Offers At-risk Youth a Second Chance
Michigan National Guard aids students at Battle Creek
by Susan Vela, Lansing State Journal, January 18, 2004
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has vivid memories of his first two weeks at the Michigan Youth
Challenge Academy in Battle Creek.
At this time last year, the Lake Odessa teen was waking at 5:30
As required, he would stand outside before the Michigan National
Guard members who run the military-style training center, and
he'd notice fewer faces in the crowd.
Almost every day, someone walked away from the program that
gives Michigan's at-risk youth another chance at obtaining a
high school diploma or General Educational Development, or GED,
Nichols ultimately survived the academy's two-week
"pre-challenge" phase. He offers encouragement to the 150 youths
who started at the academy this past week.
"I would just think 'Why am I here?' " he said. "It makes me
feel good to know I completed something like that. That was the
best experience of my life."
About 15 mid-Michigan youths are part of the five-year-old
academy's current class. If they survive the academy's first two
weeks, they'll begin the next 20-week phase of the program,
which will keep its focus on academics and physical fitness.
The program is strictly volunteer. Many of the youths learned
about the program from the courts, said Larry Beck, the
academy's admissions coordinator.
"They have nothing when they come here," he said. Graduating
from the program "gives them a sense of pride in themselves."
Beck would not let the new class members talk to the media. He
does not want them to be distracted.
Nichols said they'll need to focus.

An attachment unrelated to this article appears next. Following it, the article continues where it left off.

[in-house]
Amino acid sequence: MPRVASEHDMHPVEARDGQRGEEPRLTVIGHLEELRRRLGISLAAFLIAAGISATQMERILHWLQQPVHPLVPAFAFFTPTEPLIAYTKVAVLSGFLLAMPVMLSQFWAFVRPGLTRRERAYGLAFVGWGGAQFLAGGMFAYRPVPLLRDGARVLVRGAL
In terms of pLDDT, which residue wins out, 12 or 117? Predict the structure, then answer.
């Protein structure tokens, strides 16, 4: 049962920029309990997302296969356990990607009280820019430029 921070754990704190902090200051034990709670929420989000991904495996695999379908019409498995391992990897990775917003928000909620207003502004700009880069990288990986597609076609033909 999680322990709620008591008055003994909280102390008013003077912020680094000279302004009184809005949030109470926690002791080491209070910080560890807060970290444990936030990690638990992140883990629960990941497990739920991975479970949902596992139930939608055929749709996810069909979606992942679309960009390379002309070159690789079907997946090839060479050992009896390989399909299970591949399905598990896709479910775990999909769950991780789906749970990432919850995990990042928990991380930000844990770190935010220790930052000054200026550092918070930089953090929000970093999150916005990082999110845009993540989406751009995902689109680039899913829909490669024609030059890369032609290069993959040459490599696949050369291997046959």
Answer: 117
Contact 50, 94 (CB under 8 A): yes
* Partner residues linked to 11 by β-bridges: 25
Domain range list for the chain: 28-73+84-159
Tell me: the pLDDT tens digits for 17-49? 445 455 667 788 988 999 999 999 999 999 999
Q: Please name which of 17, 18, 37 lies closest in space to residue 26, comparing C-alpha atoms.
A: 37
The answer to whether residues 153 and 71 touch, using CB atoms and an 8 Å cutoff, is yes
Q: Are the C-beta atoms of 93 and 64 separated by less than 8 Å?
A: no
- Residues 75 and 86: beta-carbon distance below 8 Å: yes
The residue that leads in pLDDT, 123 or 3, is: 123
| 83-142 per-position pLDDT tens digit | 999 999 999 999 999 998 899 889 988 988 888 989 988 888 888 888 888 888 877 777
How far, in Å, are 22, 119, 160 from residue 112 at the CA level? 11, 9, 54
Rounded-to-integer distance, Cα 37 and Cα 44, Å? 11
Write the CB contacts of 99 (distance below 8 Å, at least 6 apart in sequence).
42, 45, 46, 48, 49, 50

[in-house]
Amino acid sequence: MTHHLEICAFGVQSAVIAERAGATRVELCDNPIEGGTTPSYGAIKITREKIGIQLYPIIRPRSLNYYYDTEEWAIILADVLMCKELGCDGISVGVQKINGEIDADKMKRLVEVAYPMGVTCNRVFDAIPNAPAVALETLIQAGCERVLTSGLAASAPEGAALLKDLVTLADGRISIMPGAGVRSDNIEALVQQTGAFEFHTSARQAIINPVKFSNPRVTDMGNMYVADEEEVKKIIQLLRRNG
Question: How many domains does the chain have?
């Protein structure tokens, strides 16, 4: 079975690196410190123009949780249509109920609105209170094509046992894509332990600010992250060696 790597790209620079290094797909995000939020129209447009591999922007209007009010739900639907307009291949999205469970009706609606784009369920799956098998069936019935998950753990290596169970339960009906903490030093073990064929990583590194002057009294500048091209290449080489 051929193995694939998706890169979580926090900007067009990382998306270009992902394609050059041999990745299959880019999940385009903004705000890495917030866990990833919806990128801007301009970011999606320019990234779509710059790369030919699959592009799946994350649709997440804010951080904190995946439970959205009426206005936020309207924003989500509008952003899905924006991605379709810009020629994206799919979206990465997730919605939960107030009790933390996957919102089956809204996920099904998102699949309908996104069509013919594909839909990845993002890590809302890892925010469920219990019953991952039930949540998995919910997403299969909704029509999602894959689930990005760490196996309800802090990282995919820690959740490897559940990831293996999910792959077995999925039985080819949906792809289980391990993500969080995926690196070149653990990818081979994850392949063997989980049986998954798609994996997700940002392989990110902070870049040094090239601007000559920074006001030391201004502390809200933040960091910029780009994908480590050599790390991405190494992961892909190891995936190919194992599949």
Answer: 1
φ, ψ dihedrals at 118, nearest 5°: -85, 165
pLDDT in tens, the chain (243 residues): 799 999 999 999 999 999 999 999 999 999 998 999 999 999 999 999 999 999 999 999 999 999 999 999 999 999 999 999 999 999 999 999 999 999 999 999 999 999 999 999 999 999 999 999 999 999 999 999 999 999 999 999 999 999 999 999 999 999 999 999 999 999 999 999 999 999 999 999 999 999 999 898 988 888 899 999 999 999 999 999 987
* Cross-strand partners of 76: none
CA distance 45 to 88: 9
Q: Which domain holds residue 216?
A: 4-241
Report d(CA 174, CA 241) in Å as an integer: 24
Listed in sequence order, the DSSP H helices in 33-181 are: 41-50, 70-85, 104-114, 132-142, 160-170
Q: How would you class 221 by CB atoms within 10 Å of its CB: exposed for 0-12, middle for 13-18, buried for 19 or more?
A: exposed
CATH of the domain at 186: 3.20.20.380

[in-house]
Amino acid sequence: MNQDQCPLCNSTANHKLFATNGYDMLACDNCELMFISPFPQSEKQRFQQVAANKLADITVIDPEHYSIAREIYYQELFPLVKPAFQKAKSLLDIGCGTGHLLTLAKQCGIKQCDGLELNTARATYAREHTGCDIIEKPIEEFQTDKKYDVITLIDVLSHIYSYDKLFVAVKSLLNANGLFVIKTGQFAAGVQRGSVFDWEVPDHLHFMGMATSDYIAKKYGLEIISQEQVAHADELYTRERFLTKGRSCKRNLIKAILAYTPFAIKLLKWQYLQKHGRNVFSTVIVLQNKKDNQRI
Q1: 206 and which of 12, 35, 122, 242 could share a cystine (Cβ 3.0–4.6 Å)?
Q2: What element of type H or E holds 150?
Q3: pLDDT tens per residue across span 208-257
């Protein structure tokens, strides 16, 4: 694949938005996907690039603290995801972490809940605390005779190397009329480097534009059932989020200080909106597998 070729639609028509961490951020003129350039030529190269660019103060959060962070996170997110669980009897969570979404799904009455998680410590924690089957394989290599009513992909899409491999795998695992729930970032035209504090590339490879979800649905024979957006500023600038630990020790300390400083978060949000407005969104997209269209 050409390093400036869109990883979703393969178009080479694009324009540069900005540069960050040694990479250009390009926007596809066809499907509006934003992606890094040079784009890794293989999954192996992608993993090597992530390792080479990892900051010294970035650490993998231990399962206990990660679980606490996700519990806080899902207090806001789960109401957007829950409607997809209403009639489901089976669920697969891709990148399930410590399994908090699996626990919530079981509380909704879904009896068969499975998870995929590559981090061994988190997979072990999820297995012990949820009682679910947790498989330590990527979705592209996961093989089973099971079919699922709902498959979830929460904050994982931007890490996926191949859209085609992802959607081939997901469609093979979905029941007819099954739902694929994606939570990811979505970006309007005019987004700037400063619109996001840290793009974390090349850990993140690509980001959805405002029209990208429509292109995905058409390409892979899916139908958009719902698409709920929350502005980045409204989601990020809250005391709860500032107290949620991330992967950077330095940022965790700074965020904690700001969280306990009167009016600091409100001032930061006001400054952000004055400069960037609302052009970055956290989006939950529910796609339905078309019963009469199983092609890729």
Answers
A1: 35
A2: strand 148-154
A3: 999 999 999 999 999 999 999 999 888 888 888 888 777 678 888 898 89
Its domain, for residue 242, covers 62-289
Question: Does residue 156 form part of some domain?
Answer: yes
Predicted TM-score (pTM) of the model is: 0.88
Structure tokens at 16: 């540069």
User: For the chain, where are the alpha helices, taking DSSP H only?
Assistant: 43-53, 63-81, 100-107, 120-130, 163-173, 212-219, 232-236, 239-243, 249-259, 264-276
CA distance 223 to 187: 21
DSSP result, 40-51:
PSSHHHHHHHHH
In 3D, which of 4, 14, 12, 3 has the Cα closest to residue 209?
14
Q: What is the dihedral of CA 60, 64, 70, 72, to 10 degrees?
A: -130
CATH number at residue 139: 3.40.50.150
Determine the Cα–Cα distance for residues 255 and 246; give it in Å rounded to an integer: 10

He had dropped out of Grand Ledge High School and was partying
almost every night when his mother, JoAnn, told her bored son
about the free academy.
After receiving his military GED in July, he became a restaurant
supervisor at Pickerman's in Delta Township.
He also took classes at Kellogg Community College in Battle
Creek. He wants to become an electrician and will begin his
studies next week at Grand Rapids Community College.
Michigan Youth Challenge Academy
Purpose: A 22-week program to help at-risk students from
throughout the state obtain their GED or high school diploma.
Administered by: Michigan National Guard.
Why: To help at-risk youth improve their lives.
Daily routine: Awake at 5:30 a.m. for a day of classes,
community service, marching, fitness and vocational training.
Number of graduates: 267
Success rate: Less than 1 percent have run-ins with the
law after graduating. A third of the graduates go into the
military and a third find employment. Another third seek more
education, such as college or trade schools.
How to apply: Call (800) 372-0523 or visit
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